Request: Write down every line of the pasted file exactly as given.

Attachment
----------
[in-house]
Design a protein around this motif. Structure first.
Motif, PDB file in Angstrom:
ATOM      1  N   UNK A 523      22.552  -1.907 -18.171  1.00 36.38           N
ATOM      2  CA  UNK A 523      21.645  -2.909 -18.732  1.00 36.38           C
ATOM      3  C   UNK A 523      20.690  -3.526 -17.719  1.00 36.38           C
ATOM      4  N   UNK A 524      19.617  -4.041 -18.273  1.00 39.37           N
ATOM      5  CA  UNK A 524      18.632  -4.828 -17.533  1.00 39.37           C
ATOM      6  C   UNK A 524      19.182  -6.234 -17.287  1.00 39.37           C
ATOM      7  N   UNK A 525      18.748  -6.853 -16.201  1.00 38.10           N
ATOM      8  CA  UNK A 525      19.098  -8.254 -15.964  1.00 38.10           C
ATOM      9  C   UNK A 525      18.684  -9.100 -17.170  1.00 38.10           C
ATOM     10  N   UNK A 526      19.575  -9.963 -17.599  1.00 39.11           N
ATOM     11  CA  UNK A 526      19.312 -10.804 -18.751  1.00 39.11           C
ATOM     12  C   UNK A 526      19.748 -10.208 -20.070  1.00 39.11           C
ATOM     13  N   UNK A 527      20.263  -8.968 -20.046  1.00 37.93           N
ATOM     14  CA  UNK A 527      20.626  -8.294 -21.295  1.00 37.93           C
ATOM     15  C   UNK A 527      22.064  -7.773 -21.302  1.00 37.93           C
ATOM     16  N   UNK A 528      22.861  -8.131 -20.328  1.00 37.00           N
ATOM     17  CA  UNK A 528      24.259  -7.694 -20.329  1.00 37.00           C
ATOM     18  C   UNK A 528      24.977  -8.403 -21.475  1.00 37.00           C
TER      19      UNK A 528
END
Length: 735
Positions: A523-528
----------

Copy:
[in-house]
Design a protein around this motif. Structure first.
Motif, PDB file in Angstrom:
ATOM      1  N   UNK A 523      22.552  -1.907 -18.171  1.00 36.38           N
ATOM      2  CA  UNK A 523      21.645  -2.909 -18.732  1.00 36.38           C
ATOM      3  C   UNK A 523      20.690  -3.526 -17.719  1.00 36.38           C
ATOM      4  N   UNK A 524      19.617  -4.041 -18.273  1.00 39.37           N
ATOM      5  CA  UNK A 524      18.632  -4.828 -17.533  1.00 39.37           C
ATOM      6  C   UNK A 524      19.182  -6.234 -17.287  1.00 39.37           C
ATOM      7  N   UNK A 525      18.748  -6.853 -16.201  1.00 38.10           N
ATOM      8  CA  UNK A 525      19.098  -8.254 -15.964  1.00 38.10           C
ATOM      9  C   UNK A 525      18.684  -9.100 -17.170  1.00 38.10           C
ATOM     10  N   UNK A 526      19.575  -9.963 -17.599  1.00 39.11           N
ATOM     11  CA  UNK A 526      19.312 -10.804 -18.751  1.00 39.11           C
ATOM     12  C   UNK A 526      19.748 -10.208 -20.070  1.00 39.11           C
ATOM     13  N   UNK A 527      20.263  -8.968 -20.046  1.00 37.93           N
ATOM     14  CA  UNK A 527      20.626  -8.294 -21.295  1.00 37.93           C
ATOM     15  C   UNK A 527      22.064  -7.773 -21.302  1.00 37.93           C
ATOM     16  N   UNK A 528      22.861  -8.131 -20.328  1.00 37.00           N
ATOM     17  CA  UNK A 528      24.259  -7.694 -20.329  1.00 37.00           C
ATOM     18  C   UNK A 528      24.977  -8.403 -21.475  1.00 37.00           C
TER      19      UNK A 528
END
Length: 735
Positions: A523-528